Scientists and policymakers initially expressed concern that masks or face coverings could cause risk compensation (the wearer reduces other protective behaviors out of a false sense of security) or increase risk for transmission by acting as fomites (especially if there is increased face touching followed by touching of an environmental surface) (70, 71).
A narrative review summarized evidence that refuted the risk compensation hypothesis in the examples most commonly cited by mask skeptics (cycle helmets, seat belts, and interventions to prevent sexually transmitted diseases) (72). The authors also found no evidence to support the claim that risk compensation occurs with masks or face coverings and identified 3 studies that showed that if a person is wearing a mask, protective behaviors seem to increase in those around them (73–75). A fourth study, from Germany, found no evidence of risk compensation when masks were introduced for the public (76). Video evidence from public settings (for example, stations, parks, and shopping malls) in many countries before and after the introduction of masking policies found that those wearing masks touched their faces significantly less frequently than those not wearing masks (77). A systematic review designed to identify harms from mask wearing found no evidence of risk compensation or increased face touching (71).
Although some persons argue that discarded masks could transmit COVID-19 (78), we identified no published cases of the disease being acquired this way.

Masks May Cause Discomfort and Communication Difficulties

Bakhit and colleagues' (71) systematic review identified consistent evidence of discomfort, subjective difficulty breathing, skin rashes, and headache with prolonged use of respirators and medical masks by health care workers and more limited evidence of discomfort and difficulty breathing with cloth masks. A narrative review by Scheid and colleagues (64) listed headache, skin itching, and rashes and a perception of breathlessness among health care workers who wore medical masks or respirators for prolonged periods during the COVID-19 pandemic but noted that symptoms may have been exacerbated by long working hours, stress, and anxiety. A large Polish study of self-reported symptoms among the general public found that around 20% experienced facial itching with prolonged mask wearing (79). Children seem to experience similar kinds of discomfort to adults when wearing medical masks (80).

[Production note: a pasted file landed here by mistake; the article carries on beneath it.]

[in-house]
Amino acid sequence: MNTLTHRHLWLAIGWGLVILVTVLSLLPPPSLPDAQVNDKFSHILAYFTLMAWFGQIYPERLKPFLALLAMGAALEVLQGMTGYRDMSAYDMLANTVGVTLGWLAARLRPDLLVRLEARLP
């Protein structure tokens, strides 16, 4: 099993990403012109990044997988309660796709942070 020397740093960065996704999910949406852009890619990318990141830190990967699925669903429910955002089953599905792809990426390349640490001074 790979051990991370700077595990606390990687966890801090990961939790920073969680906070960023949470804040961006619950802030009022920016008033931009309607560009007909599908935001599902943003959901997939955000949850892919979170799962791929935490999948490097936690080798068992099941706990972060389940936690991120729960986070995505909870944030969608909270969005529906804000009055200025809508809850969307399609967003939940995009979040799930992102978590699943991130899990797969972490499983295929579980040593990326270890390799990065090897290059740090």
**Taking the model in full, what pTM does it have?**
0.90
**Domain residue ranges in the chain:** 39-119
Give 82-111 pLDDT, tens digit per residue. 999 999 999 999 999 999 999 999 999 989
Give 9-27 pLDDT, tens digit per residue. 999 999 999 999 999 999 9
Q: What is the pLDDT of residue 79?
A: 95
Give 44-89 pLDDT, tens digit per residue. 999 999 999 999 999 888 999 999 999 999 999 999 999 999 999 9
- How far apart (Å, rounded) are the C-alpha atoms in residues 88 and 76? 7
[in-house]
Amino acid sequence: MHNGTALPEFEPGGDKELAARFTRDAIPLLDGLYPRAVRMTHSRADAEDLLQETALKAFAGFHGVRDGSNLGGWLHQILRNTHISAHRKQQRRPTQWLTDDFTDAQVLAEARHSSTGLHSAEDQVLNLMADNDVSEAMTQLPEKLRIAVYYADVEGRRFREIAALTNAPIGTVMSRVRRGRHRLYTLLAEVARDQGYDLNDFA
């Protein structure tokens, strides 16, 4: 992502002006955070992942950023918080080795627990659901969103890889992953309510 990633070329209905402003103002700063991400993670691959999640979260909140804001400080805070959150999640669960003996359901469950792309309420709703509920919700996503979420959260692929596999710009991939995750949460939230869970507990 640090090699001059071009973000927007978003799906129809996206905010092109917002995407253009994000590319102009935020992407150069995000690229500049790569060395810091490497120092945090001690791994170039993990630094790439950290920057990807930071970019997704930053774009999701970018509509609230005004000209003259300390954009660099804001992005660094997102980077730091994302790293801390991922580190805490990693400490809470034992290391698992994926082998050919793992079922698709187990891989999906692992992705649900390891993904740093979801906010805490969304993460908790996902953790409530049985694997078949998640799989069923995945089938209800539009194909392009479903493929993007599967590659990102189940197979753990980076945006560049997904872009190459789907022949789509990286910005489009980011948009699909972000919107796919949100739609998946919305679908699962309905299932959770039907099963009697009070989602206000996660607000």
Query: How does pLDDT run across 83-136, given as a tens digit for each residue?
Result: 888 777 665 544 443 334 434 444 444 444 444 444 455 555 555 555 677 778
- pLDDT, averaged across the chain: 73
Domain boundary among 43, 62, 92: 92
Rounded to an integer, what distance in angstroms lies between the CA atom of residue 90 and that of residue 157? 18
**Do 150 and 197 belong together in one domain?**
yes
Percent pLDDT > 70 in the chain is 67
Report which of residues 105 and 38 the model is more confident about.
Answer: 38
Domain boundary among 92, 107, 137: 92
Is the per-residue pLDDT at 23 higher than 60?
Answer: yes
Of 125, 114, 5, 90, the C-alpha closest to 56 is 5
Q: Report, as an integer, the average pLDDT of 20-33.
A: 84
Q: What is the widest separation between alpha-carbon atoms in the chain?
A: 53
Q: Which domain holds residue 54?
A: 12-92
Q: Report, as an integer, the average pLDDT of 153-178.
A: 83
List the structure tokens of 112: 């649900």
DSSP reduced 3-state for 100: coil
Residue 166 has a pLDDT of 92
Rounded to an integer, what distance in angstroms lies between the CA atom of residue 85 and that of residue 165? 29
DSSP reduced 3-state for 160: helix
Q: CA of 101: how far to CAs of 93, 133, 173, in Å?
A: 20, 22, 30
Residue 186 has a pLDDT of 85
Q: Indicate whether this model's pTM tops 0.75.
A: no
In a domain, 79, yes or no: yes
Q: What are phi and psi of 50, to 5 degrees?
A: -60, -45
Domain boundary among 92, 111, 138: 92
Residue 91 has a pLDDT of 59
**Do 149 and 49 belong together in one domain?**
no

Bakhit and colleagues' (71) review also documented reports in health care workers of difficulties in face-to-face (but not telephone) communication with all kinds of masks, although most evidence related to respirators. One trial found that only 3% of health care workers had difficulty communicating when wearing a medical mask (81). Communication while masked may be particularly challenging with young children (82), older persons (83), and those with hearing impairments (84, 85). These problems are exacerbated by physical distancing and the muffling effect of mask materials on speech (84).
There is no easy answer to the question of how to balance communication needs with the need to reduce viral transmission. Recommended strategies include speaking slowly and clearly with a minimum of background noise, encouraging use of hearing aids, and using speech-to-text technologies (84, 86), although these are not always practicable or effective. Transparent masks and modified face shields (which include a cloth apron seal around the sides and bottom [84]) allow for lip reading, but the performance of such products is largely untested. One study in health care workers found that shields were perceived as uncomfortable and cumbersome and reduced the ability to hear others (87).

Claims of Physiologic Decompensation Are Not Substantiated

We found no empirical evidence to support the claim that medical masks or cloth face coverings interfere with gas exchange to a clinically significant extent in healthy persons at rest. In nurses wearing medical masks through a 12-hour shift, no changes were seen in blood carbon dioxide or oxygen levels; minor changes in carbon dioxide levels were detected after wearing a respirator for 12 hours (88). Another study, on surgeons wearing surgical masks, showed a decrease in blood oxygen levels from 98% to 96% during prolonged surgery—a difference that was statistically significant but not clinically relevant (89).
The hypothesis that masks may cause potentially harmful physiologic changes during exercise (90) has limited empirical support (91), perhaps partly because respirators and medical masks need to comply with standards for maximum airflow resistance. Although clinically minor physiologic changes have sometimes been shown when healthy volunteers do intensive exercise while wearing tightly fitting respirators (68, 92–94), those wearing medical (94, 95) and cloth (96) masks showed no physiologic changes during moderate or intensive exercise.
Although many policies acknowledge that some persons should be exempt from mask wearing (on the assumption that such persons could come to harm), there is no consistency—and little firm evidence—on who should be exempt (Table 4).